Campaigners react as super sewer plans put under the spotlight
Campaigners on both sides of the Thames Tideway Tunnel debate have vowed to stand their ground as the plans are put under the spotlight.
Last week saw the start of an examination of a planning application, submitted by Thames Water, to create a super sewer to tackle the millions of tonnes of untreated sewage that seeps into the river each year.
The water company previously branded the scheme as "urgently required", with the current system spanning 150-years and designed to cater for a population of 2million Londoners - a figure which has now duplicated by almost four times.
The tunnel's proposed path would require construction sites ranging from Acton to Abbey Mills Pumping Station, in Stratford, and link up with the Lee Tunnel which is currently being built.
Debbie Leach, chair of Thames Tunnel Now and CEO of charity Thames 21, said it welcomed the start of the formal planning application process and saw "no reason" for further delays to the project.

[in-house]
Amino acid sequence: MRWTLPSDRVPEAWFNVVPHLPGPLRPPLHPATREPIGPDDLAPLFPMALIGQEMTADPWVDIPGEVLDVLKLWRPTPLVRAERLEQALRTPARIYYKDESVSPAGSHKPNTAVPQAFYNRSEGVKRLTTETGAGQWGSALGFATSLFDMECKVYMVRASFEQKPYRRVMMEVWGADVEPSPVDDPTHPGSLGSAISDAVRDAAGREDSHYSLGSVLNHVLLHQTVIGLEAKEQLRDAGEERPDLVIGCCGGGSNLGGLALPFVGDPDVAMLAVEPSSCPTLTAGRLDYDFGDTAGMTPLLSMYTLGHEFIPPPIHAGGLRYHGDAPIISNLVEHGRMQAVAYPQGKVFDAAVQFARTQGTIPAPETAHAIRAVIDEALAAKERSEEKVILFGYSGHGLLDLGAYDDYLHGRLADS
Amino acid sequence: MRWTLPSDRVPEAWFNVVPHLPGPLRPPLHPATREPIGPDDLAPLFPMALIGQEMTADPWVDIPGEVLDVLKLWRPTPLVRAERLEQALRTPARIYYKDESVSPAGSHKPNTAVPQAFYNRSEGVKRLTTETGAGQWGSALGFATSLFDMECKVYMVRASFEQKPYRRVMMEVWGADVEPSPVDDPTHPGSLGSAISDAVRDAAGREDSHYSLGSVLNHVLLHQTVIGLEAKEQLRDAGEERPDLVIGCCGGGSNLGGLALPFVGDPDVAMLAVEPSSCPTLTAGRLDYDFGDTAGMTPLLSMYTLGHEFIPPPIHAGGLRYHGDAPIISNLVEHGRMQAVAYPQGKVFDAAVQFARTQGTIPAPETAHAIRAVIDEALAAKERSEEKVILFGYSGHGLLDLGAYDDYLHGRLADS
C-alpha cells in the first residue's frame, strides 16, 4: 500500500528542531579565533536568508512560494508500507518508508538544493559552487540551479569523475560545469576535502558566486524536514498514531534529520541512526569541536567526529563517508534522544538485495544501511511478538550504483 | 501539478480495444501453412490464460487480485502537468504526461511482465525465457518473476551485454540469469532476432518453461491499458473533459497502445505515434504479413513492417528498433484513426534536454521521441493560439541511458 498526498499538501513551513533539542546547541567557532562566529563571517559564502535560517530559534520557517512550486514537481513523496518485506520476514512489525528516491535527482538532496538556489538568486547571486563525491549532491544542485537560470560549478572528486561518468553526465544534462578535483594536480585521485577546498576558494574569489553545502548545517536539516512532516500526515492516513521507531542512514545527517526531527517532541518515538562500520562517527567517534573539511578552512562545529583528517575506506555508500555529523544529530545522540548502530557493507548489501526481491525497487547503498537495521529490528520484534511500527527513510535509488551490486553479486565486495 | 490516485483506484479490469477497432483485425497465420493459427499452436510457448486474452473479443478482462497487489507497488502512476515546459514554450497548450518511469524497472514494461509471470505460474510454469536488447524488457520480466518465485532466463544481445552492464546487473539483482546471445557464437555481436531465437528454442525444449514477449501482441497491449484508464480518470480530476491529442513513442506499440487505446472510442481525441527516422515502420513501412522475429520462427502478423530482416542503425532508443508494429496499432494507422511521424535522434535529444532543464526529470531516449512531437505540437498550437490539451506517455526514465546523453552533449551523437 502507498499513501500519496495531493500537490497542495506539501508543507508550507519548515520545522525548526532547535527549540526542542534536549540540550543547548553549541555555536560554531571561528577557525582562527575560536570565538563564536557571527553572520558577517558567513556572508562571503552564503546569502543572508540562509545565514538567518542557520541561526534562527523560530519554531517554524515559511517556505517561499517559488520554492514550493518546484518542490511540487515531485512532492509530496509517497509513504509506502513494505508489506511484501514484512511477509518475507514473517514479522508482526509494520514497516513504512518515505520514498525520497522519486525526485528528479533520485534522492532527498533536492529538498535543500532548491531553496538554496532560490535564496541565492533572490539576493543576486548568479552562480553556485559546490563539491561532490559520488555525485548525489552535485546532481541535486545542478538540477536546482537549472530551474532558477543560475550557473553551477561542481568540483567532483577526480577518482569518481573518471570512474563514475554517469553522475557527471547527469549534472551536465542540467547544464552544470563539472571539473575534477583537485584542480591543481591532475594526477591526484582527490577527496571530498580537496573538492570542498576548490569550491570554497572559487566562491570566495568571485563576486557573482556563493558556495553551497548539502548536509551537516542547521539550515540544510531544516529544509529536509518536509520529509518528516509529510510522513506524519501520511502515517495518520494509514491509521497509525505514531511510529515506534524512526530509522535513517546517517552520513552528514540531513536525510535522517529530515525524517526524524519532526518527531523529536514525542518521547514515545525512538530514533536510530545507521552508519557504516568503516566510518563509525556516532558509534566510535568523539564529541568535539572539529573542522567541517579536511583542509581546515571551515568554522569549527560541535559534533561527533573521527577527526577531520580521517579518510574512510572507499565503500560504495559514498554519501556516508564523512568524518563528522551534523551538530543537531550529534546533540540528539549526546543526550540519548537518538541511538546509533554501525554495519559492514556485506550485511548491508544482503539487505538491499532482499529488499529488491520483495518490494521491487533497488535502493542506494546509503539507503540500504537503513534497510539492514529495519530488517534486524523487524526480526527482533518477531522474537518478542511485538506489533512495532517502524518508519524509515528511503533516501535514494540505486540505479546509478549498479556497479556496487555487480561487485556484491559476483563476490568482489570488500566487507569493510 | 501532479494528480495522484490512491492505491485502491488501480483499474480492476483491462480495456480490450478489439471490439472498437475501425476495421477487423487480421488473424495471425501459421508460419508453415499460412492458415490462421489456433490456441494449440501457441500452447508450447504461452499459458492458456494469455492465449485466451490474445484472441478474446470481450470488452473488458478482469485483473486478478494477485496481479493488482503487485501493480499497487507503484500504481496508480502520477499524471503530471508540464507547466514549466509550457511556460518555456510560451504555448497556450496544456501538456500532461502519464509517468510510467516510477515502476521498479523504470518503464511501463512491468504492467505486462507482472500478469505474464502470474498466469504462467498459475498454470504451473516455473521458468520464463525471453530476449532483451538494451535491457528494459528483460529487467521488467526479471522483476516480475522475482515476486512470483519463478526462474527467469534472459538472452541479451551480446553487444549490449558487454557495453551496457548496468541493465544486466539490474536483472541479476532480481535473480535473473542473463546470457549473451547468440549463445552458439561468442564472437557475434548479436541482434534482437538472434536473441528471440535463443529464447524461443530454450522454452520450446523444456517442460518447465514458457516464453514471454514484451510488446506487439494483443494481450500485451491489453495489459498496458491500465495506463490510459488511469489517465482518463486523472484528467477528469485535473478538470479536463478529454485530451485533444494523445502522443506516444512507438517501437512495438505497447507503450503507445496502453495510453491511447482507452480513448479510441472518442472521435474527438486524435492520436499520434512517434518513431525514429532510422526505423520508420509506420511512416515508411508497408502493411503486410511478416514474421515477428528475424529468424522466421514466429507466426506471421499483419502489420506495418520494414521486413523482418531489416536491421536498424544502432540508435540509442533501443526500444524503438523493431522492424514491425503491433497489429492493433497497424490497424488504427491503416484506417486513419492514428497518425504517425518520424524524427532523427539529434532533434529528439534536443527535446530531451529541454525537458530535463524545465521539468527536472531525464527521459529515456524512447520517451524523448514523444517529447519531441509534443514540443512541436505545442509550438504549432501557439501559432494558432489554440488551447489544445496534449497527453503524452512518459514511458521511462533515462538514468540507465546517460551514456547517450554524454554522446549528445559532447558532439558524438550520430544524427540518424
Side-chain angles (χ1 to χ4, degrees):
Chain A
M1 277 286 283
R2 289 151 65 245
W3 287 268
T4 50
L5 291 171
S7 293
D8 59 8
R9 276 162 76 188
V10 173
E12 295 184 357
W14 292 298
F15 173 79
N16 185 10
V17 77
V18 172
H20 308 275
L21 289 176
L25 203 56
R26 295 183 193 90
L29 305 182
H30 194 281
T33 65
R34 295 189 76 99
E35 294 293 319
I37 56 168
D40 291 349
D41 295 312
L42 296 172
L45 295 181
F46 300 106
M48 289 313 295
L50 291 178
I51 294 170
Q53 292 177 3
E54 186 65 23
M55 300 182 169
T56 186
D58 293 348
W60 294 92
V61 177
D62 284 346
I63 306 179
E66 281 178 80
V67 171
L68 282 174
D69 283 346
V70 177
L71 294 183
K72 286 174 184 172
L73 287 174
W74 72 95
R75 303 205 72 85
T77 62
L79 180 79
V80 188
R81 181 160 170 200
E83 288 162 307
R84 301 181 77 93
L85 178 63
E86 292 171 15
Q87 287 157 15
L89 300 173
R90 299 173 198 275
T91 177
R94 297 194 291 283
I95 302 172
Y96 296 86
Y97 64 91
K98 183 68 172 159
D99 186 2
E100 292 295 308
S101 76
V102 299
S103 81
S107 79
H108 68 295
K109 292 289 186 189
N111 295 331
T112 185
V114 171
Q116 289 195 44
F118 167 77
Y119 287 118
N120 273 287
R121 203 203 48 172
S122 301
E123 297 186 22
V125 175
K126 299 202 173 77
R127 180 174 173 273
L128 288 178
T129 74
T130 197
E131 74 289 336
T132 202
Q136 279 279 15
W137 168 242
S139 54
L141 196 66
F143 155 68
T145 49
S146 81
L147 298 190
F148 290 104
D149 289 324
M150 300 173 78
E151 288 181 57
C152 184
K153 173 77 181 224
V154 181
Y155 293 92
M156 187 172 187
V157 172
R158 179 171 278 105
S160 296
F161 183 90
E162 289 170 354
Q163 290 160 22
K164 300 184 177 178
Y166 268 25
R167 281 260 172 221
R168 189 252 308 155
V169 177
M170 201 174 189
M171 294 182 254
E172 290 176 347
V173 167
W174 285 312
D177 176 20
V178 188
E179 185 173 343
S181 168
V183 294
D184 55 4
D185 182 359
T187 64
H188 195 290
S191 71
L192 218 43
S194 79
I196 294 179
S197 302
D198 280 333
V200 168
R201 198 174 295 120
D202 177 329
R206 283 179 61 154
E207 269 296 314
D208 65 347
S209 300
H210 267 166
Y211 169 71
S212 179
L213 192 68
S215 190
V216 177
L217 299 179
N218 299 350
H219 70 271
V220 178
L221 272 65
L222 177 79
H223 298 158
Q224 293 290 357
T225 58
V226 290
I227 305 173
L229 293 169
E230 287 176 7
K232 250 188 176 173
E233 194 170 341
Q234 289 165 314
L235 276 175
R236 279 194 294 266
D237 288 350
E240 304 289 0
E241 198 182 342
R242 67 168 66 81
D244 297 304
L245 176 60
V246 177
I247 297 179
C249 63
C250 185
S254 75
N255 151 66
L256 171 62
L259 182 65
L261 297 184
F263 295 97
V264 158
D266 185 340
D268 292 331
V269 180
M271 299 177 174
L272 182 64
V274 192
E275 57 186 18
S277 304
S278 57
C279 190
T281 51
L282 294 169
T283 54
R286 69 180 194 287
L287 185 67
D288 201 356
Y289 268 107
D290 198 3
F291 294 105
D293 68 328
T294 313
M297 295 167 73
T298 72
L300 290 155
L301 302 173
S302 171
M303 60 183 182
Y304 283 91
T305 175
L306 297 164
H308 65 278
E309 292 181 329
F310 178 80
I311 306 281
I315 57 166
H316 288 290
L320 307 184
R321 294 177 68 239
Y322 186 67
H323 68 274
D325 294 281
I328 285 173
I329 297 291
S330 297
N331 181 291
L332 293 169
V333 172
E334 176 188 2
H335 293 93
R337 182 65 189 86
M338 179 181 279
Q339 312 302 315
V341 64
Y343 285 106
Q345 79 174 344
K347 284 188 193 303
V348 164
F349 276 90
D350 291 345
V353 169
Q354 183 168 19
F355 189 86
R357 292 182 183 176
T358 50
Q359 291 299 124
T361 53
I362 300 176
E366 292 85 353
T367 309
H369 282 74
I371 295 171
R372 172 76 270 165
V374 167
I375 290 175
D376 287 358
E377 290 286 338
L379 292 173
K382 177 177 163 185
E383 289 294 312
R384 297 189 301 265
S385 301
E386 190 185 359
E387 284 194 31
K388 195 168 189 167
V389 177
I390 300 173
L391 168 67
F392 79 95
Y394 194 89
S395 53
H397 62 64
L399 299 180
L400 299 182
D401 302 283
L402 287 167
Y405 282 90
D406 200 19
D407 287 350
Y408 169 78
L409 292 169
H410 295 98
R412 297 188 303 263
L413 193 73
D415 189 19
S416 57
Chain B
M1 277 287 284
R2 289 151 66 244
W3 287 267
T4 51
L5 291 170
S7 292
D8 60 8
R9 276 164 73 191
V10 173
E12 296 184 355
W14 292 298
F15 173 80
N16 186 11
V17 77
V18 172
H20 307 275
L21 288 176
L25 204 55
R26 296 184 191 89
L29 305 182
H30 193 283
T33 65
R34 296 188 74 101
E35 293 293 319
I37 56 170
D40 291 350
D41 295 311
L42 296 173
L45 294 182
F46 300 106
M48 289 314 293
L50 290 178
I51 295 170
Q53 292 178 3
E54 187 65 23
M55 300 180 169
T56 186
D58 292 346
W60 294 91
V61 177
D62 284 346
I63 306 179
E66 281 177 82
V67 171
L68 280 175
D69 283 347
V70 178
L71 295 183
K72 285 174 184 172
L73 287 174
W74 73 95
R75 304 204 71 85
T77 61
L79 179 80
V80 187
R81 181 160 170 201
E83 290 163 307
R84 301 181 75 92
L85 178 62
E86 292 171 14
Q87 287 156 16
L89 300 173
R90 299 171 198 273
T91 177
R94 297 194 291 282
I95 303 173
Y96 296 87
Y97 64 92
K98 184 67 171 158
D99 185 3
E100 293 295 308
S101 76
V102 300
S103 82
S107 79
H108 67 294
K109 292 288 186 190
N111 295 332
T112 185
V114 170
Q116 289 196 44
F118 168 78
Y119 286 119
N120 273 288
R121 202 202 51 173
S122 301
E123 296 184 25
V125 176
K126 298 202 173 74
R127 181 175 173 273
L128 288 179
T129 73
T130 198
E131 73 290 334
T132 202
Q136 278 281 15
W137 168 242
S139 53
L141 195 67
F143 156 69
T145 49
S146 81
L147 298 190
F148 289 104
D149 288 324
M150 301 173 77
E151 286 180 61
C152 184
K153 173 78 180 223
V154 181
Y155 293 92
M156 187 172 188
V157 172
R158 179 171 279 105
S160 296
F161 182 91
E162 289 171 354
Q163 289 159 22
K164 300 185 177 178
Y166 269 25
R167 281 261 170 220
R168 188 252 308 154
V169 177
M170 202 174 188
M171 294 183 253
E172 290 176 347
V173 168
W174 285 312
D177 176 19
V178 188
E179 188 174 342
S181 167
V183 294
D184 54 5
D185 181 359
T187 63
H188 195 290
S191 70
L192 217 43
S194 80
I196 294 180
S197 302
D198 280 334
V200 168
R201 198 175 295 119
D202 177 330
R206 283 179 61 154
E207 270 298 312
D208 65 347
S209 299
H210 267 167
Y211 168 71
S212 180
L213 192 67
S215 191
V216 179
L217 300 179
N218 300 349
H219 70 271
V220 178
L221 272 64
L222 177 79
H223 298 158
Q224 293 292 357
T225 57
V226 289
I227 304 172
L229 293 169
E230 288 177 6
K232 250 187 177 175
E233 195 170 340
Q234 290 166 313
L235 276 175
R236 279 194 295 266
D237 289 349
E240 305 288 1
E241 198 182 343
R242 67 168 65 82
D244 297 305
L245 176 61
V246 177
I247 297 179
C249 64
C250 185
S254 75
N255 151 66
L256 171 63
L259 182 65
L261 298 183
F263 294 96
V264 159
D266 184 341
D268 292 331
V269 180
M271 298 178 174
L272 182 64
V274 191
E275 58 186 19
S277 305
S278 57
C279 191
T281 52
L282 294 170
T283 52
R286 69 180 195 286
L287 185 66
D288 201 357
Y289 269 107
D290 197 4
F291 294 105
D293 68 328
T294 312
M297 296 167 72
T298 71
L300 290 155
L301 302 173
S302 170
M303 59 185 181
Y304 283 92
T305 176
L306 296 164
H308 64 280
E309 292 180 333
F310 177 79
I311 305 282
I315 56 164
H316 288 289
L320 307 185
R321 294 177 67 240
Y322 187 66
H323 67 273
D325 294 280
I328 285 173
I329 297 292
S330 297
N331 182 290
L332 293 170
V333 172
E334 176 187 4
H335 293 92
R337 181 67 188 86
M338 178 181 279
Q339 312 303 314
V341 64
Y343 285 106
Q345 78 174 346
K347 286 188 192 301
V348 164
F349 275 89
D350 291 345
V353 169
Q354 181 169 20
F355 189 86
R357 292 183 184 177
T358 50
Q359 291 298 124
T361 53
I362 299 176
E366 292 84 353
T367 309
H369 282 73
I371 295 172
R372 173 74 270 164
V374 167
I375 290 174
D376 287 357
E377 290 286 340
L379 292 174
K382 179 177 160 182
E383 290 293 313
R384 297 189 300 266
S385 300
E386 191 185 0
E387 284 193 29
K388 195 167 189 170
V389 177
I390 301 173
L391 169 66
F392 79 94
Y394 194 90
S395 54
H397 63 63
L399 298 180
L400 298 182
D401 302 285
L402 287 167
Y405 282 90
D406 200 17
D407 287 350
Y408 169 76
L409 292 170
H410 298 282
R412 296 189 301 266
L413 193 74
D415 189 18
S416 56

"The critics have consistently failed to come up with any viable alternative scheme that meets both the public health and the environmental objectives set down by the Government and the EU," she said.
"The time for arguments over the principle of the Tunnel is well and truly over.
"We must get on with planning and building it as soon as possible in order to bring an end to the national disgrace which is the condition of London's river."
She added that the UK was lagging behind compared to other global cities such as Stockholm, Paris and Washington which have already put in place similar projects.
The Save Your Riverside Action Group has continually called for a re-think on its location, arguing the three-year construction period for that section of the tunnel will devastate the livelihood of Southwark.
Ana Williams, campaigner, said it was "laughable" for Ms Leach to say anti-Tideway Tunnel campaigners had lost the argument.
She said: "This super sewer will ruin the lives of thousands of local residents and schoolchildren in an area that just isn't suitable for a project this scale and the thousands of proposed lorry movements each day.
"Although we have proven a site in Southwark is not needed, Thames Water continue to include us in their proposal despite the negative impact on thousands of residents and hundreds of nearby school children.
"We will fight this to the end as we know this to be the wrong solution."